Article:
Home, writing, special days, dancing

Today I have been home for 290 days – the same amount of time I was in ICU!

No-one expects the Spanish Inquisition. And I wasn’t expecting my first months home to include an apocalyptic combination of bushfires and pandemic, or what may be revolutionary protests against racist violence and injustice. These have been intense and heartbreaking times for our world, but nonetheless times when I’ve wanted to be in this world, and super grateful to be home.

I haven’t posted anything here for a while, mainly because I have been doing writing of a relatively unbloggy nature.

Actually, a fair chunk of my writing always has a distinctly prosaic bent: listing supplies we need from the chemist, asking carers to move a tickly hair off my cheek, emailing about details of my carer roster, describing symptoms to my GP, ordering groceries, introducing trigonometry mnemonics, saying good night. My admin writing load has been boosted recently as I prepared for my 6-monthly NDIS plan review meeting, with a new coordinator of support and a new occupational therapist. And we have been training a new carer, requiring me to explicitly spell out instructions.

There have been a few other writing and other projects that have been keeping me busy since I last wrote for the blog.

On the appropriate May day I thought (and wrote) motherhood thoughts. And ate these delicious scones made by Kimi, which was not only a delight in the moment, but a connection to remembered moments. Devonshire teas at countryside cafes, when the biggest challenge of going away was getting all our marking done so we could switch into holiday mode. Our Blue Mountains honeymoon. Dad asking for extra cream because he was deprived as a war baby.

I have also been enjoying working on a health sociology journal article with my old colleague-friend Karen. There is something exquisitely satisfying about the process of sorting out thoughts and turning them into words, and watching the piece of writing form as it passes back and forth between us.

And I wrote this piece for ABC News:https://www.abc.net.au/news/2020-05-17/coronavirus-lockdown-ventilator-icu-motor-neurone-disease-help/12246700

I always celebrate getting older (as you can see A 50th birthday invitation) but wasn’t particularly excited about turning 51. However my gorgeous Kimi and Densil surprised me with one of the best presents ever, a beautiful book they made for me.

Its pages of poetry, drawings, music and puns speak of our long relationship and how well they know me, each one a personal, humour-filled tribute to my passions and our shared life together. I don’t think I will ever tire of looking at it.

(Knock knock. Who’s there? Europe)

And I have been dancing! In lieu of conventional MND week fundraising activities, Australia’s MND associations conjured up a campaign suitable for the Covid-19 environment, Australia Moves 4 MND #AM4MND. My sisters and I heeded the call and reformed Harley’s Angles (not a typo), pledging to dance daggily each day for a month.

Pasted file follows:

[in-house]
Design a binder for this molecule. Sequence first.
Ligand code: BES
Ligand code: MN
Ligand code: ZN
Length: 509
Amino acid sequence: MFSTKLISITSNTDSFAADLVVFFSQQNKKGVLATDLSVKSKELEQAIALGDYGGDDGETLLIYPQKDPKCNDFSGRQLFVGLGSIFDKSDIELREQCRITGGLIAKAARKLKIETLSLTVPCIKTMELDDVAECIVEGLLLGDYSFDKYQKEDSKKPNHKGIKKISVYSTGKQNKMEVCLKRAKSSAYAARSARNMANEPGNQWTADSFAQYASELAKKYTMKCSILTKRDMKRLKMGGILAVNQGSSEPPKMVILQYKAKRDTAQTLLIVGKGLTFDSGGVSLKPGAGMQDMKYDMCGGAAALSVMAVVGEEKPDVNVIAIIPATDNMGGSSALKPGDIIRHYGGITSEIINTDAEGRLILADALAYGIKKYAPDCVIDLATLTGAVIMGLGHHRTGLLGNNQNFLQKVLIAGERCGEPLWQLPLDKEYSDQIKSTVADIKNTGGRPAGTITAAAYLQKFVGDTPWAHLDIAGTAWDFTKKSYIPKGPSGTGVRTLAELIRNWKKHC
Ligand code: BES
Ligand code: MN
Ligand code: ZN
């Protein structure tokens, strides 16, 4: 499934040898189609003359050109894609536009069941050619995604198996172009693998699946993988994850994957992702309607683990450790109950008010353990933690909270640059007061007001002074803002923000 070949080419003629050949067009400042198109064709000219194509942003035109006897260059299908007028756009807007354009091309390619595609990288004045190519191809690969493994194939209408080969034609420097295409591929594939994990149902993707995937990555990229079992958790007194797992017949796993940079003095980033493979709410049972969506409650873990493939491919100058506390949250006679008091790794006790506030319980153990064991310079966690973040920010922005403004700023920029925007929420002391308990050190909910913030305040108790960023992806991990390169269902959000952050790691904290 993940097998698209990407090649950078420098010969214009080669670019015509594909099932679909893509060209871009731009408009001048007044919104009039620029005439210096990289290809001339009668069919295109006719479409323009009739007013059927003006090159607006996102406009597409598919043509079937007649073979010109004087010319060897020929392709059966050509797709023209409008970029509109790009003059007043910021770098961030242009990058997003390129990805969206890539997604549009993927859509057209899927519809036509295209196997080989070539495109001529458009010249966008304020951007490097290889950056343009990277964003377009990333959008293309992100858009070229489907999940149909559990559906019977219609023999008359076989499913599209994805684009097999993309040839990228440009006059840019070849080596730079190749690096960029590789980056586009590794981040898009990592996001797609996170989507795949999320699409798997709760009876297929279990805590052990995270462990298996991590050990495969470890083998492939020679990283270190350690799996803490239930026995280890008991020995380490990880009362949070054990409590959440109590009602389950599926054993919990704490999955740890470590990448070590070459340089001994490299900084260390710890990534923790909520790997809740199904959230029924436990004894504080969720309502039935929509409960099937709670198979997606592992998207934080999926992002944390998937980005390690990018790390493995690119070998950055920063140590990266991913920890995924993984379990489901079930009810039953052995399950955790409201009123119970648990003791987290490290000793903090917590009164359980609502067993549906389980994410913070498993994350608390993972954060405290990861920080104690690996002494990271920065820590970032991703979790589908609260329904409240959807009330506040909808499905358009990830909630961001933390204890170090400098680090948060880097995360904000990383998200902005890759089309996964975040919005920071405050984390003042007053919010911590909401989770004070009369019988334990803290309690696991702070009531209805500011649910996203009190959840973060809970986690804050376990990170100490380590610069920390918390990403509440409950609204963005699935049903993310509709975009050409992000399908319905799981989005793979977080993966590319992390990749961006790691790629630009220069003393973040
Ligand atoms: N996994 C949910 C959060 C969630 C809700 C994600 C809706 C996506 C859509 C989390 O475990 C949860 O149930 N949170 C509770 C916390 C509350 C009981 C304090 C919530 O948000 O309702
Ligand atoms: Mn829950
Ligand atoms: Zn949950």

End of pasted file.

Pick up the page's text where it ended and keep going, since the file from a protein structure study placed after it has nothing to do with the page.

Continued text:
It turns out that dancing with your face is heaps of fun. I’ve been brow boogie-ing to Bowie, eye-rolling to “I’m too sexy”, syncopated smiling to Simone and doing the facial fandango to “Fernando”. And I’ve been jiving along as Densil and Kimi jam. When Sonia came for her first visit in ages, we had to celebrate by dancing together. And some of Lexi’s dances have been accompanied by her baby and chickens (not at the same time).

Our pledged month has finished but I’ve decided to keep wiggling my face every day. And we’re very grateful for your generous donations to MND NSW:https://www.am4mnd.org.au/my-fundraising/79/harleys-angles

Thank you!

3 thoughts on “Home, writing, special days, dancing

  1. Hi Kirsten,
    By now the number of days at home will have exceeded days in hospital, which is a wonderful thing. I am so glad you are still with us and made that courageous decision to fight for your life and the love you have for your family and being among us still. Speaking on behalf of your extended layer of friends, we’re very proud of you but also wish there was more we could do to lighten your load. I am still largely in iso but going for occasional walks, which should be more frequent. I am finding it hard to believe Australia has managed to dodge the full brunt of the virus and we’ve fared so well. That’s taken a huge amount of my energy and I really have nothing left at the moment to absorb too much of the #blacklivesmatter movement, although I’m supportive and a firm believer in equality and also aware that some groups face particular challenges when it comes to experiencing equality. At the same time, I would also like more attention drawn to the needs of people living with disabilities and how the NDIS is refusing to fund vital equipment for participants. I was left coughing and gasping for air unable to get out of my chair and tying like a beetle on my back and yet the NDIS knocked me back for an electronic recliner and it took them 12 months to reach that decision. A week later, a friend put me onto a free recliner through freecycle and this lovely couple even drove it over and helped me set it up. Seeing footage of George Floyd and people saying “I can’t breathe” brings back my own extreme suffering at the hands of the NDIS and how I was lucky to survive. That’s probably why I can’t bear watching the protests. BTW I am also aware that there are numerous times I should’ve gone to hospital but didn’t. It always seems like too much hassle and I’m concerned about picking up something while I’m there. However, I’ve had a chat to my lung specialist about this and I’ve changed my modus operandi for the future.
    I’ve got to head off and get dinner on the road.
    Love & best wishes,
    Ro

    Liked by 1 person

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